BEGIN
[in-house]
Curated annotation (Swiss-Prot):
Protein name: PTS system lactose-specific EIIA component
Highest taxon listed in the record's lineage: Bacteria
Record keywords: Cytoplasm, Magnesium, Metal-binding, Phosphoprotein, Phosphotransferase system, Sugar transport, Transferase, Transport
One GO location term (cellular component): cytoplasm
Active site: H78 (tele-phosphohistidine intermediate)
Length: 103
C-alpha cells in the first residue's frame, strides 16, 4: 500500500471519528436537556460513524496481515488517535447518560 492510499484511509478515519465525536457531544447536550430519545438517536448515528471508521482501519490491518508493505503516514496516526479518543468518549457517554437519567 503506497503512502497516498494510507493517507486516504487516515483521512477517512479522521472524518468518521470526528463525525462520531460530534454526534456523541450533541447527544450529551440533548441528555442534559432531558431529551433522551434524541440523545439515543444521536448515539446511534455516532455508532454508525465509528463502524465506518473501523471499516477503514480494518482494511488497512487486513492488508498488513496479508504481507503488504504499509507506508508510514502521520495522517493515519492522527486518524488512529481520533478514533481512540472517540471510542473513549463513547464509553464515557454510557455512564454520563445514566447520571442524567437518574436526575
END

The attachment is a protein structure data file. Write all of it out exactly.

[in-house]
Curated annotation (Swiss-Prot):
Protein name: PTS system lactose-specific EIIA component
Highest taxon listed in the record's lineage: Bacteria
Record keywords: Cytoplasm, Magnesium, Metal-binding, Phosphoprotein, Phosphotransferase system, Sugar transport, Transferase, Transport
One GO location term (cellular component): cytoplasm
Active site: H78 (tele-phosphohistidine intermediate)
Length: 103
C-alpha cells in the first residue's frame, strides 16, 4: 500500500471519528436537556460513524496481515488517535447518560 492510499484511509478515519465525536457531544447536550430519545438517536448515528471508521482501519490491518508493505503516514496516526479518543468518549457517554437519567 503506497503512502497516498494510507493517507486516504487516515483521512477517512479522521472524518468518521470526528463525525462520531460530534454526534456523541450533541447527544450529551440533548441528555442534559432531558431529551433522551434524541440523545439515543444521536448515539446511534455516532455508532454508525465509528463502524465506518473501523471499516477503514480494518482494511488497512487486513492488508498488513496479508504481507503488504504499509507506508508510514502521520495522517493515519492522527486518524488512529481520533478514533481512540472517540471510542473513549463513547464509553464515557454510557455512564454520563445514566447520571442524567437518574436526575